As well as the coordinates of the orthonormal bounding box there is an attribute of the morphology to calculate an oriented bounding box. This will be very close to the minimum enclosing volume of the morphology, and may be used to calculate aspect ratios of the morphology:

>>> bbox = morphology.oriented_bounding_box
>>> print(round(bbox.volume, 3))
4162.907
>>> print(round(bbox.major_length, 3))
19.59
>>> print(round(bbox.median_length, 3))
16.263
>>> print(round(bbox.minor_length, 3))
13.067
>>> print(bbox.corners) 
(Coordinates(x=-5.960, y=8.131, z=-10.154), Coordinates(x=-7.085, y=8.131, z=9.404), Coordinates(x=-5.960, y=-8.131, z=-10.154), Coordinates(x=-7.085, y=-8.131, z=9.404), Coordinates(x=7.085, y=8.131, z=-9.404), Coordinates(x=5.960, y=8.131, z=10.154), Coordinates(x=7.085, y=-8.131, z=-9.404), Coordinates(x=5.960, y=-8.131, z=10.154))

The morphology can also be subdivided into faces, edges and vertices. The faces of the morphology, are instances of the class ccdc.descriptors.CrystalDescriptors.Morphology.Facet.

>>> facets = morphology.facets
>>> f = facets[0]
>>> print(f.centre_of_geometry) 
Coordinates(x=6.523, y=-0.000, z=0.375)
>>> print(round(f.perpendicular_distance, 3))
18.332
>>> print(f.coordinates[0])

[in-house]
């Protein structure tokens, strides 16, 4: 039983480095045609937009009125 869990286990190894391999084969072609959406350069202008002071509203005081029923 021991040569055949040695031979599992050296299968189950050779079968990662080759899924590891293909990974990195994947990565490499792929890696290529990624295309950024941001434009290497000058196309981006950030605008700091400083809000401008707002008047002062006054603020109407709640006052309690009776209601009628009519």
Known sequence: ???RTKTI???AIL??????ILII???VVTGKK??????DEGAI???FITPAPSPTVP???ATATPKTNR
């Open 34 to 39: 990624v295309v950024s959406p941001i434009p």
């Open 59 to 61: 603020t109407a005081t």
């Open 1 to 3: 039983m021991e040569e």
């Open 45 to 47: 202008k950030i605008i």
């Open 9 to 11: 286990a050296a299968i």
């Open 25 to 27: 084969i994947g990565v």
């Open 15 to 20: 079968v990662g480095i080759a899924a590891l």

Coordinates(x=6.911, y=4.066, z=-6.384)
>>> print(f.edges[0]) 
(Coordinates(x=6.134, y=4.066, z=7.134), Coordinates(x=6.911, y=4.066, z=-6.384))
>>> print(round(f.area, 3))
128.972
>>> print(f.miller_indices) 
MillerIndices(1, 0, 0)
>>> f.plane 
Plane(normal=Vector(0.998, 0.000, 0.057), distance=6.533)

The complete set of miller indices appropriate to the morphology can, of course, be retrieved by:

>>> all_miller_indices = [f.miller_indices for f in facets]
>>> print(all_miller_indices) 
[MillerIndices(1, 0, 0), MillerIndices(-1, 0, 0), MillerIndices(-1, -1, 0), MillerIndices(1, 1, 0), MillerIndices(1, -1, 0), MillerIndices(-1, 1, 0), MillerIndices(0, -2, 0), MillerIndices(0, 2, 0), MillerIndices(0, -1, 1), MillerIndices(0, 1, 1), MillerIndices(0, 1, -1), MillerIndices(0, -1, -1), MillerIndices(-1, 1, 1), MillerIndices(1, 1, -1), MillerIndices(-1, -1, 1), MillerIndices(1, -1, -1)]